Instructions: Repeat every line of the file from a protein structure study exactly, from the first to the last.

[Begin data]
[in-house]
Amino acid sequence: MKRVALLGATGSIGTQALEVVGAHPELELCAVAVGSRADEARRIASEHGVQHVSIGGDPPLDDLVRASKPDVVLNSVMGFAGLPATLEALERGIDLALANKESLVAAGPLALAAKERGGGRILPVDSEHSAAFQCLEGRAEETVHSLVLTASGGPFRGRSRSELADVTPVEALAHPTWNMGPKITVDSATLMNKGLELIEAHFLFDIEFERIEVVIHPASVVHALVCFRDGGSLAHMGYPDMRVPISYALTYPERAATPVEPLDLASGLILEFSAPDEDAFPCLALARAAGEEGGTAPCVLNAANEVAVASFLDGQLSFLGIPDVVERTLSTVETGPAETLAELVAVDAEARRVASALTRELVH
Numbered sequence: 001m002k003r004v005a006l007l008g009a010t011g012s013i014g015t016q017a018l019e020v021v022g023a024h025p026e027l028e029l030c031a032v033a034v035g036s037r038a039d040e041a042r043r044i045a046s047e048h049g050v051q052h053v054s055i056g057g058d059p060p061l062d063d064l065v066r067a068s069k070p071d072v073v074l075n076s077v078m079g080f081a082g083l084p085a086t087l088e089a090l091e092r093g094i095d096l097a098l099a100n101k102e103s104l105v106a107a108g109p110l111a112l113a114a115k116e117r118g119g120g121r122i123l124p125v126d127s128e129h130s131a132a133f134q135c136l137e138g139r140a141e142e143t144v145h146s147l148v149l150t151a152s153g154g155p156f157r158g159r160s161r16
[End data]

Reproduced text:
[in-house]
Amino acid sequence: MKRVALLGATGSIGTQALEVVGAHPELELCAVAVGSRADEARRIASEHGVQHVSIGGDPPLDDLVRASKPDVVLNSVMGFAGLPATLEALERGIDLALANKESLVAAGPLALAAKERGGGRILPVDSEHSAAFQCLEGRAEETVHSLVLTASGGPFRGRSRSELADVTPVEALAHPTWNMGPKITVDSATLMNKGLELIEAHFLFDIEFERIEVVIHPASVVHALVCFRDGGSLAHMGYPDMRVPISYALTYPERAATPVEPLDLASGLILEFSAPDEDAFPCLALARAAGEEGGTAPCVLNAANEVAVASFLDGQLSFLGIPDVVERTLSTVETGPAETLAELVAVDAEARRVASALTRELVH
Numbered sequence: 001m002k003r004v005a006l007l008g009a010t011g012s013i014g015t016q017a018l019e020v021v022g023a024h025p026e027l028e029l030c031a032v033a034v035g036s037r038a039d040e041a042r043r044i045a046s047e048h049g050v051q052h053v054s055i056g057g058d059p060p061l062d063d064l065v066r067a068s069k070p071d072v073v074l075n076s077v078m079g080f081a082g083l084p085a086t087l088e089a090l091e092r093g094i095d096l097a098l099a100n101k102e103s104l105v106a107a108g109p110l111a112l113a114a115k116e117r118g119g120g121r122i123l124p125v126d127s128e129h130s131a132a133f134q135c136l137e138g139r140a141e142e143t144v145h146s147l148v149l150t151a152s153g154g155p156f157r158g159r160s161r16